Historian Jeff Murray takes a look into West Hartford’s past to uncover some surprising information, stir up some memories, or reflect on how much life has changed – or hasn’t changed at all. Enjoy this week’s ‘From West Hartford’s Archives’ …
By Jeff Murray
This is a photo of the Velhage farmhouse at the northeast corner of Oakwood Avenue and Layton Street, looking northeast along what would become Layton.
The farmhouse is long gone now, but it was located at what is 110 Layton Street.
Frederick “William” Velhage owned this house at the time this photo was taken. Velhage was born in Berlin, Germany (what was then Prussia) in August 1840 and immigrated to the U.S. in 1855 with his parents, Christian and Hannah, marrying Mary Rabbeth in 1863. They moved to a farm in West Hartford in the 1860s on the east side of Oakwood Avenue near where Layton Street is today.
The Velhage farm was located from 410 Oakwood Avenue on the south side; Levesque Ave on the north side; and east all the way to the line of 53 Levesque, 50 Layton, and 49 Layton St. These building lines still exist today and due to the unique shape of the farm compared to old maps, the land can actually be traced out to mark the exact boundaries.
The family stayed in the neighborhood for many decades and was prominent in town affairs. Frank R. Velhage, their son, was a selectman in West Hartford in the early 1900s and also lived near Oakwood Ave on Levesque. William’s grandson and Frank’s son, Francis B. Velhage, grew up on the farm and entered service in World War I on April 7, 1917 with the Navy. Serving on the USS South Carolina as a gunner, he died in an accident aboard the ship when a grating fell and pinned him to the deck in September 1917. He was the first serviceman from West Hartford to die during WWI and was honored along with another fallen soldier, Waldo Hayes, when the local American Legion formed in 1922 as the Hayes-Velhage Post.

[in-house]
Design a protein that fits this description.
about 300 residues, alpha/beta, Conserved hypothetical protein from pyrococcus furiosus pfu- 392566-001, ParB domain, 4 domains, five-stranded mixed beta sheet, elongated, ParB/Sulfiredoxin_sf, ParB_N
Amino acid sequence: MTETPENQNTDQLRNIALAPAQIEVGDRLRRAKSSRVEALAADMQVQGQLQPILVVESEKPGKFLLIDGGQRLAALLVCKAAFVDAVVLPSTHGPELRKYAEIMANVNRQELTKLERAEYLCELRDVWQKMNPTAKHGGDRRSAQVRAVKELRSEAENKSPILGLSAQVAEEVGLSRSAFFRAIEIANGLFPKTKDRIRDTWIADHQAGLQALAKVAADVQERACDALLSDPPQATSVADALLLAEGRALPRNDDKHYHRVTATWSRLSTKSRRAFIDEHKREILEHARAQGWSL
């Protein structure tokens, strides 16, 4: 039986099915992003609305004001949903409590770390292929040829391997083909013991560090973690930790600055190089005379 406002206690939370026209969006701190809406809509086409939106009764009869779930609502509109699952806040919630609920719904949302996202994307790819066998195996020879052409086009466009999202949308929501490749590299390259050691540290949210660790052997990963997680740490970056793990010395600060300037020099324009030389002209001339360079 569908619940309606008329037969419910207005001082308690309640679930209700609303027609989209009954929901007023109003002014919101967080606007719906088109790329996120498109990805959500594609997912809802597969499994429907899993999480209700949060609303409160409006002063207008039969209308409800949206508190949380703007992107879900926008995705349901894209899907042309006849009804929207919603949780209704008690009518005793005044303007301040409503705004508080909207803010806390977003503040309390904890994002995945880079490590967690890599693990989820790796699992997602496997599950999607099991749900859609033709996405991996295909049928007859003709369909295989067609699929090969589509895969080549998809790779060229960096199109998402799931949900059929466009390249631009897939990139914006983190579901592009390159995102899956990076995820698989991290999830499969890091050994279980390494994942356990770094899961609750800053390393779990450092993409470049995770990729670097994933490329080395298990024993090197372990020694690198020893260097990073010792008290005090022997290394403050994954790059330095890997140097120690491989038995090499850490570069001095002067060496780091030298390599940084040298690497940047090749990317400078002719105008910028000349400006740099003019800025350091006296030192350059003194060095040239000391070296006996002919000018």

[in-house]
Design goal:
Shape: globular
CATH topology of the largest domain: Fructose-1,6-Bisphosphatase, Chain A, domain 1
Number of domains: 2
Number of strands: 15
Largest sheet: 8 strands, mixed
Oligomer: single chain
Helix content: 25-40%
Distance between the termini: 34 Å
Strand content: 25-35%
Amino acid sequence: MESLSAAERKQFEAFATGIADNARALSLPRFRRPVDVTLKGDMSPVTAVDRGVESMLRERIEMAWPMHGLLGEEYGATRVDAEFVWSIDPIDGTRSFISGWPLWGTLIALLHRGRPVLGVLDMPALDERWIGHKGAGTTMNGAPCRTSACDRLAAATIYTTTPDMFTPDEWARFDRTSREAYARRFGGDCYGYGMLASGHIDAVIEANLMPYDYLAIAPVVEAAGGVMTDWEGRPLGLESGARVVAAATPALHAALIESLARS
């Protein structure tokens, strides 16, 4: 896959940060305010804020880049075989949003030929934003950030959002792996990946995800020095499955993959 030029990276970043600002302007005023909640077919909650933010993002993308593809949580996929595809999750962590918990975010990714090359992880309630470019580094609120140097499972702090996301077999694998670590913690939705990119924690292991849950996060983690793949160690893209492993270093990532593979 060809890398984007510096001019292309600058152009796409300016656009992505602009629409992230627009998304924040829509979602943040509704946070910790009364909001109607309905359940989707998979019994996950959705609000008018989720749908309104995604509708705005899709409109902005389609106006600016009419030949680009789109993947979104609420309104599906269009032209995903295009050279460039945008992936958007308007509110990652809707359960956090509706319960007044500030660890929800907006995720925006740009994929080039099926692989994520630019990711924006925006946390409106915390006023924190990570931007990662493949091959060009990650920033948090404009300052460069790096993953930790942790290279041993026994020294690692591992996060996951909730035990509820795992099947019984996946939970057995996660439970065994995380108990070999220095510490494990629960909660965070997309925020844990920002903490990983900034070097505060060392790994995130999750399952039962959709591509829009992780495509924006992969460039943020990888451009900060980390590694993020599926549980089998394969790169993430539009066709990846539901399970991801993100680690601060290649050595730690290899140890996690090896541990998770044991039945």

After William’s death in 1913, his wife Mary continued owning the land until the mid-1920s when she sold it off. Velhage’s neighbors, Patrick Martin and Bridget Cosgrove, owned the rest of what would become Layton Street, Melven Road, and Foley Street off New Park Ave from the late 1800s until the 1920s. When Layton Street was laid out starting from New Park Avenue in the mid-1920s, it was named after their daughter, Mary Martin Layton. The Velhage farmhouse remained through the 1930s on open farmland that extended east to where Layton Street stopped.
In 1937, developer Richard F. Jones, Jr. subdivided the land at Levesque and Layton for new houses in a tract called Velhage Lawn. It was driven by the anticipated opening of the Pratt & Whitney factory off Flatbush Avenue. The Velhage farmhouse was torn down soon after as new houses were built along Levesque and Layton through the 1940s. Since then, the neighborhood has looked nearly the same after 85 years.
While the Velhage farmhouse no longer stands, it lasted from just after the Civil War until nearly World War II and was the footprint for the housing that still stands in the Charter Oak neighborhood. While the farm isn’t as historically influential, sandwiched between the popular legend of Charter Oak Park and the French Canadian settlement that gave us Levesque, Caya, Boulanger, Mozart, and Westphal, the Velhage land was what filled in the gap between the two. This photo is one of the few remaining of this important land.
Jeff Murray was born and raised in West Hartford and has been involved with the Noah Webster House & West Hartford Historical Society since 2011 when he was a high school student and won the Meyer Prize for his essay on local history. Jeff routinely volunteers as local history researcher uncovering information for numerous museum programs such as the West Hartford House Tour and West Hartford Hauntings. Jeff works as a data analyst at Pratt & Whitney.
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